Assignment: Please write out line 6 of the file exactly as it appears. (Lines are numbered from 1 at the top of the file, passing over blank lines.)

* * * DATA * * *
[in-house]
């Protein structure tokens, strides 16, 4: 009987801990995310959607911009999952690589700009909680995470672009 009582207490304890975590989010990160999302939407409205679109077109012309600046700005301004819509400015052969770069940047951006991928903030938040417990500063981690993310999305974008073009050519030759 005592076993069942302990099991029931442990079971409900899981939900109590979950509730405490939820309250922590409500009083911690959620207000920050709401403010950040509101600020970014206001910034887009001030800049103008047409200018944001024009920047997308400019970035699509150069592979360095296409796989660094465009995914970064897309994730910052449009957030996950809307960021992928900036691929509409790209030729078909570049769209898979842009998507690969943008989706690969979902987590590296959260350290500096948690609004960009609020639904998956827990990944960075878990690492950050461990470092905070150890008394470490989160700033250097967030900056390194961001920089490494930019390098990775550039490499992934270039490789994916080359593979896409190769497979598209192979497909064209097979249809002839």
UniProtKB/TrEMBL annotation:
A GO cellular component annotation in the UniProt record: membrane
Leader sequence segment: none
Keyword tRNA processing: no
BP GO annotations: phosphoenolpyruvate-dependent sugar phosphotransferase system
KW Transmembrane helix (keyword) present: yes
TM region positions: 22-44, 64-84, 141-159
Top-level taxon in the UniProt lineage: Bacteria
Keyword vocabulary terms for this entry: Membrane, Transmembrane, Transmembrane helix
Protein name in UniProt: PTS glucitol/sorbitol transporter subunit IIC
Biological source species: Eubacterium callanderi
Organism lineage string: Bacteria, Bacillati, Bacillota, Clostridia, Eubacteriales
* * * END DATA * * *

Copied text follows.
Keyword tRNA processing: no